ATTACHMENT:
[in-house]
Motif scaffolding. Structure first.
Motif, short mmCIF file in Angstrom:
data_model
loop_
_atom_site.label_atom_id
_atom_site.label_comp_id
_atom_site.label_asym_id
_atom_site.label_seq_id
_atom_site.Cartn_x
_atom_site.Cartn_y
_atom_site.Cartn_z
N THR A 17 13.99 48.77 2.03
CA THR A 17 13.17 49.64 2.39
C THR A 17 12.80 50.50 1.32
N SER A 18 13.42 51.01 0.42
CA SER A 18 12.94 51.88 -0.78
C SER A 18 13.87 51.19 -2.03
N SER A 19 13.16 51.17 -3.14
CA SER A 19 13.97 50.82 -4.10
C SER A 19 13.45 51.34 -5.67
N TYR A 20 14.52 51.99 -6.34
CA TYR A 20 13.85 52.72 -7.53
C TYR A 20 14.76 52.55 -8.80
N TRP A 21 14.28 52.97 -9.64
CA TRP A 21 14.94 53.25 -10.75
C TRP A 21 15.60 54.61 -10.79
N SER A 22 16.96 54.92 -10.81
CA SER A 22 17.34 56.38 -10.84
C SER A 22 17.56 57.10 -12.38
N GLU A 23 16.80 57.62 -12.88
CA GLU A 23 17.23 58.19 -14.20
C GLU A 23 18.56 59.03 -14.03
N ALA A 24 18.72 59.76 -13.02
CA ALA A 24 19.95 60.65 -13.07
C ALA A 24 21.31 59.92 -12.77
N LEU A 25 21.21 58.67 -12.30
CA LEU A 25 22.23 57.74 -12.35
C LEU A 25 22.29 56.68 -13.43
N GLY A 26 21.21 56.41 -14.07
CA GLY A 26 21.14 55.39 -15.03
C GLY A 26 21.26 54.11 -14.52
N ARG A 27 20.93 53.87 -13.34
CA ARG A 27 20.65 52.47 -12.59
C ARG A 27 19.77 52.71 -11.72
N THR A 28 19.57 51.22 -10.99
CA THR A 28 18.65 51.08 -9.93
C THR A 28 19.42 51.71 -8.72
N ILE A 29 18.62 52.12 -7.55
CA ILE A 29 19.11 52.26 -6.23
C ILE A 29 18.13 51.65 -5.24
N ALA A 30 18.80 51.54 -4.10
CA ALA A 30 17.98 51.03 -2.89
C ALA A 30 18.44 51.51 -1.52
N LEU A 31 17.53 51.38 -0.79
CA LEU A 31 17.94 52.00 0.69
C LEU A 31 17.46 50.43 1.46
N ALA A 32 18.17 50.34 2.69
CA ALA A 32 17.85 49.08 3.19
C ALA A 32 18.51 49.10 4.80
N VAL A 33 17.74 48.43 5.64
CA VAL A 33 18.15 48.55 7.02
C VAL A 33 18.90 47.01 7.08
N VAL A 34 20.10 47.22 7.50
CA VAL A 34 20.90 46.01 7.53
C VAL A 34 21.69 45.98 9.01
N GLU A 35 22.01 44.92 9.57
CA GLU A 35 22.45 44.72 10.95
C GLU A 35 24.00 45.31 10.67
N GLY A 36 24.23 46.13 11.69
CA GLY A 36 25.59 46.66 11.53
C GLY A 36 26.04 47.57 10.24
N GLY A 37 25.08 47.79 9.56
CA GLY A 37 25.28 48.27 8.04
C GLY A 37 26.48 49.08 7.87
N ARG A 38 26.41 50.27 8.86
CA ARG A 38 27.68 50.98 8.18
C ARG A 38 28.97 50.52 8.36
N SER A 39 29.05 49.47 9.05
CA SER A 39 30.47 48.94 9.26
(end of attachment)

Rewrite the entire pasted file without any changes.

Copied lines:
[in-house]
Motif scaffolding. Structure first.
Motif, short mmCIF file in Angstrom:
data_model
loop_
_atom_site.label_atom_id
_atom_site.label_comp_id
_atom_site.label_asym_id
_atom_site.label_seq_id
_atom_site.Cartn_x
_atom_site.Cartn_y
_atom_site.Cartn_z
N THR A 17 13.99 48.77 2.03
CA THR A 17 13.17 49.64 2.39
C THR A 17 12.80 50.50 1.32
N SER A 18 13.42 51.01 0.42
CA SER A 18 12.94 51.88 -0.78
C SER A 18 13.87 51.19 -2.03
N SER A 19 13.16 51.17 -3.14
CA SER A 19 13.97 50.82 -4.10
C SER A 19 13.45 51.34 -5.67
N TYR A 20 14.52 51.99 -6.34
CA TYR A 20 13.85 52.72 -7.53
C TYR A 20 14.76 52.55 -8.80
N TRP A 21 14.28 52.97 -9.64
CA TRP A 21 14.94 53.25 -10.75
C TRP A 21 15.60 54.61 -10.79
N SER A 22 16.96 54.92 -10.81
CA SER A 22 17.34 56.38 -10.84
C SER A 22 17.56 57.10 -12.38
N GLU A 23 16.80 57.62 -12.88
CA GLU A 23 17.23 58.19 -14.20
C GLU A 23 18.56 59.03 -14.03
N ALA A 24 18.72 59.76 -13.02
CA ALA A 24 19.95 60.65 -13.07
C ALA A 24 21.31 59.92 -12.77
N LEU A 25 21.21 58.67 -12.30
CA LEU A 25 22.23 57.74 -12.35
C LEU A 25 22.29 56.68 -13.43
N GLY A 26 21.21 56.41 -14.07
CA GLY A 26 21.14 55.39 -15.03
C GLY A 26 21.26 54.11 -14.52
N ARG A 27 20.93 53.87 -13.34
CA ARG A 27 20.65 52.47 -12.59
C ARG A 27 19.77 52.71 -11.72
N THR A 28 19.57 51.22 -10.99
CA THR A 28 18.65 51.08 -9.93
C THR A 28 19.42 51.71 -8.72
N ILE A 29 18.62 52.12 -7.55
CA ILE A 29 19.11 52.26 -6.23
C ILE A 29 18.13 51.65 -5.24
N ALA A 30 18.80 51.54 -4.10
CA ALA A 30 17.98 51.03 -2.89
C ALA A 30 18.44 51.51 -1.52
N LEU A 31 17.53 51.38 -0.79
CA LEU A 31 17.94 52.00 0.69
C LEU A 31 17.46 50.43 1.46
N ALA A 32 18.17 50.34 2.69
CA ALA A 32 17.85 49.08 3.19
C ALA A 32 18.51 49.10 4.80
N VAL A 33 17.74 48.43 5.64
CA VAL A 33 18.15 48.55 7.02
C VAL A 33 18.90 47.01 7.08
N VAL A 34 20.10 47.22 7.50
CA VAL A 34 20.90 46.01 7.53
C VAL A 34 21.69 45.98 9.01
N GLU A 35 22.01 44.92 9.57
CA GLU A 35 22.45 44.72 10.95
C GLU A 35 24.00 45.31 10.67
N GLY A 36 24.23 46.13 11.69
CA GLY A 36 25.59 46.66 11.53
C GLY A 36 26.04 47.57 10.24
N GLY A 37 25.08 47.79 9.56
CA GLY A 37 25.28 48.27 8.04
C GLY A 37 26.48 49.08 7.87
N ARG A 38 26.41 50.27 8.86
CA ARG A 38 27.68 50.98 8.18
C ARG A 38 28.97 50.52 8.36
N SER A 39 29.05 49.47 9.05
CA SER A 39 30.47 48.94 9.26